Celebrating Joy Through Art with Mina from EWBA
Neighborhood Washington, DC art always grabs my attention. Nationally, DC is visually portrayed with grand photos of recognizable monuments almost exclusively. Don’t get me wrong, I never get tired of the beauty on the National Mall, but I don’t want the creativity and color of our many neighborhoods to get lost.
So, when I started seeing Mina’s colorful DC art at local festivals, I was immediately drawn to it. She captures the beauty and vibe of many of our city’s neighborhoods with her unique photography and use of color. I was thrilled to be able to interview her and share more of her story.
A Tale of Two Cities
Mina’s art career grew from her time in two cities: New York City and Washington, DC.
After growing up in Northern Virginia and attending college at the University of Virginia, she felt called to New York City to begin her creative career.
“New York City has this poetic promise that lures creatives,” she tells me when I ask what inspired her to move. “It wasn’t my home, but I wanted to spend time there to learn and grow.”
While in New York, Mina reconnected with the love of her life: a wildlife researcher in Alaska. “His experiences enchanted me,” she tells me. They both had family in DC which was part of their decision to return to the area.
She says the city life feels like “The Big Buffet of Life.” People are drawn to city life to see the millions of different identities of the people who live there. Mina loved the ability to experience so many different kinds of people in New York and Washington, DC as she was growing into her adult life.
For about 4 years, they built a life together near H Street and Mina continued the creative work she started in New York City. While in Brooklyn, Mina sold her art on the streets. She loved the energy of New York but tells me she appreciates the more structured art market of DC. In DC, she is able to sell her art at venues with more reliable foot traffic like Eastern Market and at food festivals. Mina also featured her art at her shop along the Arts Walk in Brookland. The space has been closed due to COVID-19 but she hopes to reopen as soon as she can.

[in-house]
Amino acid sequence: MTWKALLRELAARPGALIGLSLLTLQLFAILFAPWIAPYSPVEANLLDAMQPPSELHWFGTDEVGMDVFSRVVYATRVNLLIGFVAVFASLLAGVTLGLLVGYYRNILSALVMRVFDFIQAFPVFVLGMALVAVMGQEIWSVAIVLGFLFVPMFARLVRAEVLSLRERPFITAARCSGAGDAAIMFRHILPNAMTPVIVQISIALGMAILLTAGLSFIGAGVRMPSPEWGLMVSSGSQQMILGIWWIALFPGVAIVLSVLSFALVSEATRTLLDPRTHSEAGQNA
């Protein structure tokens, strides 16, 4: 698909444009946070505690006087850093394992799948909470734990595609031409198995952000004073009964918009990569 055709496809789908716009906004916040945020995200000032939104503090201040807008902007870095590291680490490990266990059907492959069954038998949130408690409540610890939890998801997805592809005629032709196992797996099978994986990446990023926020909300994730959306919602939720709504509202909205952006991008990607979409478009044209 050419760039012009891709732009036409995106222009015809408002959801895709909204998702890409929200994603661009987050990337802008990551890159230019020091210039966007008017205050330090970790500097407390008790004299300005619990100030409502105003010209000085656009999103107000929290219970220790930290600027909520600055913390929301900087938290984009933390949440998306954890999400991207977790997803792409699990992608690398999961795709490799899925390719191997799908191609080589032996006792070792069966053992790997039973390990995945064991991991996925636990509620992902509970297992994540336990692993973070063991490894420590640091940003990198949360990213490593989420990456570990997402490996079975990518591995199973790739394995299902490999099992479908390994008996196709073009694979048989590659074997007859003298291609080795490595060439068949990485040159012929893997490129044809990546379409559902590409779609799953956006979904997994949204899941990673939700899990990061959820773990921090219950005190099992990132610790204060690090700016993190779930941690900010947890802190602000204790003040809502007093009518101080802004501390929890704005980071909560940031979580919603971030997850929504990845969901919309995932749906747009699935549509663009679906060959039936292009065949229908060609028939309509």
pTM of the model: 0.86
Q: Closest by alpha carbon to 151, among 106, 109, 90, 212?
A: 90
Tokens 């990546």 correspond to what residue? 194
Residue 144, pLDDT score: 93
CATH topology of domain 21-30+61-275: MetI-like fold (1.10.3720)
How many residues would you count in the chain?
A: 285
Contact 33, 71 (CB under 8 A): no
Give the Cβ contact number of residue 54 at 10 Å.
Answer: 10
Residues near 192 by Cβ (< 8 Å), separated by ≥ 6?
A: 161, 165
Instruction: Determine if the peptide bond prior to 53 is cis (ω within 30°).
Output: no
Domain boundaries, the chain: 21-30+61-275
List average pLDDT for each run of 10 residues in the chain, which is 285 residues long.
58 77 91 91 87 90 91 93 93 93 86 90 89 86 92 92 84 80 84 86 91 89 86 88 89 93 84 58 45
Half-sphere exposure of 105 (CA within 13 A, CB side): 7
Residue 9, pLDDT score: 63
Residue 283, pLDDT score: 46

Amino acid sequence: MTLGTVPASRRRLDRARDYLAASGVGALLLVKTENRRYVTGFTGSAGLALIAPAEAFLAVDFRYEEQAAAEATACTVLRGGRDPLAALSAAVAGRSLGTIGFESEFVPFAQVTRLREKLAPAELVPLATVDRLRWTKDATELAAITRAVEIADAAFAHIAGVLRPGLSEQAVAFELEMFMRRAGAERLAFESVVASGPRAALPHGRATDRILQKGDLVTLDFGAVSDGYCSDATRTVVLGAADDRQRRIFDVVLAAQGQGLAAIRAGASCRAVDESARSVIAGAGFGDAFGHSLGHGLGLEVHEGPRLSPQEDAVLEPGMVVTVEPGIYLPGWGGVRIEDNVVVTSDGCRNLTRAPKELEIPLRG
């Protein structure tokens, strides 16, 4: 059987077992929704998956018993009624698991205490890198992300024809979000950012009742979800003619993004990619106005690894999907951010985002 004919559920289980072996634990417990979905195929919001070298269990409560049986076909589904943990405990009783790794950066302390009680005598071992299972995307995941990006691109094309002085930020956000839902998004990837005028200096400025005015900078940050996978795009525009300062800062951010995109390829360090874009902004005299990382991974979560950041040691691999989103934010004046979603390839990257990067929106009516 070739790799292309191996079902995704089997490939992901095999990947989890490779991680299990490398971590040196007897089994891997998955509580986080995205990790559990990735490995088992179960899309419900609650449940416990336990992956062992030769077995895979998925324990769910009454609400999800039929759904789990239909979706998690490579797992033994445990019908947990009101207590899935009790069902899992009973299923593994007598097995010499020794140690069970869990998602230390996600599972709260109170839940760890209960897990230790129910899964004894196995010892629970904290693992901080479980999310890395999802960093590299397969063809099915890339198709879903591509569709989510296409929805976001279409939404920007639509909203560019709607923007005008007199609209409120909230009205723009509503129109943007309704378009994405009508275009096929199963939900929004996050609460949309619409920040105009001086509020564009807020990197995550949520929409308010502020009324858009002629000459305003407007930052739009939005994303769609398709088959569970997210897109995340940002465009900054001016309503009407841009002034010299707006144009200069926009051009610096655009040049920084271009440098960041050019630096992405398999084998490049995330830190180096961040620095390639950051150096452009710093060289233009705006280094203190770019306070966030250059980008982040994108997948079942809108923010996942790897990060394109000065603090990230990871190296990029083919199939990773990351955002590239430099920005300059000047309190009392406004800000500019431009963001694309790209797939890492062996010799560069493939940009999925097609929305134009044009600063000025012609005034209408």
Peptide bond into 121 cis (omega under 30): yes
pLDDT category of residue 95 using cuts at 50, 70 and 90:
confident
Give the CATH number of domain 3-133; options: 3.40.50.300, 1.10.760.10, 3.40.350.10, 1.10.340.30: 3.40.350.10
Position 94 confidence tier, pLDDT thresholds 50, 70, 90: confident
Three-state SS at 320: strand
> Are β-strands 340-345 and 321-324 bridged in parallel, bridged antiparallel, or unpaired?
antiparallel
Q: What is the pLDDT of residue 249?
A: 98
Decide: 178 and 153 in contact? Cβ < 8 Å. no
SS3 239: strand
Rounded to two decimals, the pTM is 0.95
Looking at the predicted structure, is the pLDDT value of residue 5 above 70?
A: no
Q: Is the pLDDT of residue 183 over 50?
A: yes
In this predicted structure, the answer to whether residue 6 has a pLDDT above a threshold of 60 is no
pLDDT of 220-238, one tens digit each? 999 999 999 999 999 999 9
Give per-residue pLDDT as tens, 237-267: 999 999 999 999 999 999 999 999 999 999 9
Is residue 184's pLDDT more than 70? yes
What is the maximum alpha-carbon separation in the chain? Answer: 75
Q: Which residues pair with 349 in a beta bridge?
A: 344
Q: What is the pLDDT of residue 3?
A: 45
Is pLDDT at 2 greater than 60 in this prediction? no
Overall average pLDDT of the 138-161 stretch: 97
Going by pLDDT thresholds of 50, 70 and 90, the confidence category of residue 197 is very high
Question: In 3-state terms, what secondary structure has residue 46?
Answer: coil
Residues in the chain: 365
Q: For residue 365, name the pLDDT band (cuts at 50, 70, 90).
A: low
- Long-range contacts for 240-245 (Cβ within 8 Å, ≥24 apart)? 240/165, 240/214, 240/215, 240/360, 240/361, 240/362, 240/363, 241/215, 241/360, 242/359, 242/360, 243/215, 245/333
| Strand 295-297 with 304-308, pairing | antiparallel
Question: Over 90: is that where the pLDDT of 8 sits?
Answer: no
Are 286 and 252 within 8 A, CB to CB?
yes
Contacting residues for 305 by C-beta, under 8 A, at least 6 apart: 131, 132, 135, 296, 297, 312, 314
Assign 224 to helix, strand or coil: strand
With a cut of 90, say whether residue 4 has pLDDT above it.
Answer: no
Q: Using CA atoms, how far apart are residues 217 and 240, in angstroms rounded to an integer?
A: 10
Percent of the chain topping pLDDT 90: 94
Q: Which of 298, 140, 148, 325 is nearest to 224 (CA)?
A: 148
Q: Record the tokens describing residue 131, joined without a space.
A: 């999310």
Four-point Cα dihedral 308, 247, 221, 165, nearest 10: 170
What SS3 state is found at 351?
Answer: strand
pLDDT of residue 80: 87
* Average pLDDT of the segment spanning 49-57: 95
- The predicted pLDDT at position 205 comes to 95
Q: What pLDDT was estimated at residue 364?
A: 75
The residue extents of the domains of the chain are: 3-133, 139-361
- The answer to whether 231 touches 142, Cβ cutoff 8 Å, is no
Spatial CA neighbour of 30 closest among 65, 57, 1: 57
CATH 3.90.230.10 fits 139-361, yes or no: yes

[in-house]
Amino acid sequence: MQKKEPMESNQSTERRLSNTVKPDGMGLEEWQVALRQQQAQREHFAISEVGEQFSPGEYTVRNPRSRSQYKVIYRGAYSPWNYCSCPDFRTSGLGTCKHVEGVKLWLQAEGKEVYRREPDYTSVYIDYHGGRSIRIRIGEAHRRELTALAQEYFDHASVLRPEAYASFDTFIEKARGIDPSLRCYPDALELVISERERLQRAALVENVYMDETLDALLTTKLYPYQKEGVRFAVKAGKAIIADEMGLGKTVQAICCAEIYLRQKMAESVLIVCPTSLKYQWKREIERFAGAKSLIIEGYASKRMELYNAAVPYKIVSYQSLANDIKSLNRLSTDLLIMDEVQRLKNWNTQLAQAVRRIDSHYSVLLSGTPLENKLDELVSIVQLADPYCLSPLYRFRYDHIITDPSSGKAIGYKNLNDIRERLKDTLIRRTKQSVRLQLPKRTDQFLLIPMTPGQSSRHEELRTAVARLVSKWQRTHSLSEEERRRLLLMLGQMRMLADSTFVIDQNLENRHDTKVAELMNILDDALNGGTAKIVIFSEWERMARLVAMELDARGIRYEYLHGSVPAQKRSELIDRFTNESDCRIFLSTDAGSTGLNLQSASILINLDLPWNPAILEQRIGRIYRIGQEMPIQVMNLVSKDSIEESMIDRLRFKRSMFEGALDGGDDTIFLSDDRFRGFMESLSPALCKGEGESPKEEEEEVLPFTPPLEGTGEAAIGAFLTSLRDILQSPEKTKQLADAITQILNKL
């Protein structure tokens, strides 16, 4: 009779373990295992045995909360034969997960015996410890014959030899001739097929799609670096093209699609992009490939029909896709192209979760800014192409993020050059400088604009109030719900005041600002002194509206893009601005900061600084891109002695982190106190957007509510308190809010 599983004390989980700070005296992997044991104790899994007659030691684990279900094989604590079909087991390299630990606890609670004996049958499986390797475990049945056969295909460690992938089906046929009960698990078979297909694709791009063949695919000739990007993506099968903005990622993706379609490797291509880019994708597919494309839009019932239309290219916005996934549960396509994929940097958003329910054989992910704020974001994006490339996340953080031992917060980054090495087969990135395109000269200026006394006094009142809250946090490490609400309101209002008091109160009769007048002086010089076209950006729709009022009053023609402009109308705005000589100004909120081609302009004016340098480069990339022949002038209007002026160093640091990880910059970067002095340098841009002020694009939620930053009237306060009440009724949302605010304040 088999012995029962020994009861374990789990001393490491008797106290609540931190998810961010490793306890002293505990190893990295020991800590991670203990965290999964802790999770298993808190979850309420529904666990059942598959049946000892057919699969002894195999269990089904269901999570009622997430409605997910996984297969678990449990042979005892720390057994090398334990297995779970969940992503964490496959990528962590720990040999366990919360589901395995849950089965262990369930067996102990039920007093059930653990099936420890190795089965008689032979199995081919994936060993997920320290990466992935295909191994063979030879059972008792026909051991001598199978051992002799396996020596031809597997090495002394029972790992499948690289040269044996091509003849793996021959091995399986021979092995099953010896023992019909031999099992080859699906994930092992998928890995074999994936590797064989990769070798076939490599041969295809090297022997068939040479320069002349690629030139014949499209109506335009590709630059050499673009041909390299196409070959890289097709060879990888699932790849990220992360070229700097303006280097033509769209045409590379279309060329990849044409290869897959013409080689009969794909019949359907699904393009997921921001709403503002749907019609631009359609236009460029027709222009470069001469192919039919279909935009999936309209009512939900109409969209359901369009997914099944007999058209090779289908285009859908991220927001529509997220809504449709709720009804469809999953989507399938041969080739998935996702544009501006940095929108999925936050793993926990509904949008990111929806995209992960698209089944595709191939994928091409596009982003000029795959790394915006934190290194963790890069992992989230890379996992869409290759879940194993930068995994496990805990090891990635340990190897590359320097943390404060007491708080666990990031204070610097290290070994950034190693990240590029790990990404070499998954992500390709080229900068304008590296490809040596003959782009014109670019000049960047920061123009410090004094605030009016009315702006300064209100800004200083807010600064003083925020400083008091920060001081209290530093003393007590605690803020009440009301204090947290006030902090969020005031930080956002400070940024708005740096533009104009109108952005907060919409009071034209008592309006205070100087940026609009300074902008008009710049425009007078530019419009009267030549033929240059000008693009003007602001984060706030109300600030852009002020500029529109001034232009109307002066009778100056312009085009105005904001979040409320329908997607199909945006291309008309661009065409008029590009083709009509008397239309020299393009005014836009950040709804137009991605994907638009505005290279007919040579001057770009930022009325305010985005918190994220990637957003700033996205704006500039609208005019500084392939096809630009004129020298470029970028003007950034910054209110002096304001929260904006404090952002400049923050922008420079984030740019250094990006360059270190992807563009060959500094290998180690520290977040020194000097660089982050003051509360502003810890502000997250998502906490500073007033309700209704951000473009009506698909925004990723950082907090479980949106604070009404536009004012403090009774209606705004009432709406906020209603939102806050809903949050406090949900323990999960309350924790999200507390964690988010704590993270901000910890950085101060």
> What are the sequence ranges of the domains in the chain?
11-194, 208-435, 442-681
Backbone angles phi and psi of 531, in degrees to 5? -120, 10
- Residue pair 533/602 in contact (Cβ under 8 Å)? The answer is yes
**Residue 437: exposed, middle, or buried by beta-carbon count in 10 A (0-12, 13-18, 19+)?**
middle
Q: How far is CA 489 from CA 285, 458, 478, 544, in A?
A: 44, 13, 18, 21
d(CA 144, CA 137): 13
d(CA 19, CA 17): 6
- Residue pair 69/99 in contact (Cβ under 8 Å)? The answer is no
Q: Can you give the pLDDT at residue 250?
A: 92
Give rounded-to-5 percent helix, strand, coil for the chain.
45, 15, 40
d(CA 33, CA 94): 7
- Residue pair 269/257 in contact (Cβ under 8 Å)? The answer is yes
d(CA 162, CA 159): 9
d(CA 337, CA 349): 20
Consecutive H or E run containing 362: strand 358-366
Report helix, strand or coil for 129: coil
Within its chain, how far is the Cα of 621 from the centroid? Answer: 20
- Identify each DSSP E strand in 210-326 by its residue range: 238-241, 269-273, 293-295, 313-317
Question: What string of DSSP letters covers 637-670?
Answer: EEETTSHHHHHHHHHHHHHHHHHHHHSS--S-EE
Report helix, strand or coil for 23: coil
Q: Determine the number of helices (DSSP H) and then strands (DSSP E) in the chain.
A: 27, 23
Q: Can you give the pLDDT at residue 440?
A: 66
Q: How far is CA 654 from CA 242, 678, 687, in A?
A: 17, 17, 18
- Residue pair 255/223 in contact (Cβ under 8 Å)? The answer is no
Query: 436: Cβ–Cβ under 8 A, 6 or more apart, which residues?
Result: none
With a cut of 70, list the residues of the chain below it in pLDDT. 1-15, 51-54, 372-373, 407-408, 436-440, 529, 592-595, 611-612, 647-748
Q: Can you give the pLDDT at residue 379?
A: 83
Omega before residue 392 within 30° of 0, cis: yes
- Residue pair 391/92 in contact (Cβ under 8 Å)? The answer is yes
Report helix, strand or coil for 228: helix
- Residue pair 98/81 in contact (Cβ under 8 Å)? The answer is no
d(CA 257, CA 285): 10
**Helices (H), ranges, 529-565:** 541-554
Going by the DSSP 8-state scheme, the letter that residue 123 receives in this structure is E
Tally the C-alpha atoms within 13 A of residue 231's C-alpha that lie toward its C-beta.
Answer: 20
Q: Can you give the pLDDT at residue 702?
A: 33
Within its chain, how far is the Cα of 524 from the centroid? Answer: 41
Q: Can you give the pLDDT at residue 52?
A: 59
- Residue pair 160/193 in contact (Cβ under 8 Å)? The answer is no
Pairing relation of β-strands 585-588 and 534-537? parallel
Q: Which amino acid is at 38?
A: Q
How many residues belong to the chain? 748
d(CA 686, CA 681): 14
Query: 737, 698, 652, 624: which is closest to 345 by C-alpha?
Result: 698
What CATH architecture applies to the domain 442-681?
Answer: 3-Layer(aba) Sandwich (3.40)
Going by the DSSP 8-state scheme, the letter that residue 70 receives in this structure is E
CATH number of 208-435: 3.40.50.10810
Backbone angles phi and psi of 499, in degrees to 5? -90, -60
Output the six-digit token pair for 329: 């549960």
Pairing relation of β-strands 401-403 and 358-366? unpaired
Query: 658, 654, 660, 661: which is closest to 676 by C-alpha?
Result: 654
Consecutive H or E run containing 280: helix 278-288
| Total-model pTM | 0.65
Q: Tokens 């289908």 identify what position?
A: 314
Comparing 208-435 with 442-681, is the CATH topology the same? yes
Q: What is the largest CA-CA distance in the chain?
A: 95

Mina reflects that both the New York and DC markets require a lot of work and creating art in a small living space. Two years ago, after a lot of busy city life, she and her partner decided it was time for another change.
Pictured above: Mina’s photos of a sample of her art.
The Call of Nature
For the past two years, Mina and her partner have lived in Maryland on a 14-acre animal sanctuary with sheep and chickens. She did not set out to live on a farm but when she and her partner found the property, they knew it was something special. It was time to escape the busy city and have more space to work on her art.
The land features a beautiful house and 150 acres of woods surrounding their home. The property is occasionally available as a farm-stay vacation rental and in the warmer seasons, guests can find glamping style tents open for weekends under the stars.
“I want people to feel true relaxation when they visit,” Mina tells us. “The kind where your inner chaos settles down and you can feel the great trust of the energy around you.”
She hopes her rental can be a place for people to gather safely and have meaningful time together in nature. She explains there is something very special about connecting with ancient practices like being among wildlife, sitting around a fire, and enjoying a home-cooked meal that you worked hard on. Mina hopes her rental will help people escape the city to reconnect with these experiences without too far of a drive.
Connection in the Time of COVID-19
“We have to keep taking walks outside even though it’s getting cold,” Mina tells me when we reflect on 2020. She comments that walks outside in the city were always a wonderful way for her to feel connected with people. “It’s a huge magic of urban living that I miss dearly. But a big part of my life at the new house is the ability to connect with nature and be outside.” Whether you call the city, suburbs, or country home, Mina hopes people don’t lose time outside just because it’s winter.
Mina also comments that COVID-19 means there are fewer festivals and open markets for selling art this year. But focusing on selling her art online has been going well. “There is an insatiable need to share what one creates,” Mina says, describing what keeps her motivated during the pandemic. She and her partner have worked so hard on this art and she wants to keep sharing it.
That said, she is excited to be back at festivals and markets. “There is no greater joy than to see the happiness art brings in person,” she says.
Mina tells me she is allowing herself to play with color more in her current work. She starts paintings with a freedom of not deciding what they are going to be at all. “It’s like improv music,” she describes, “I let myself feel what colors should come next.”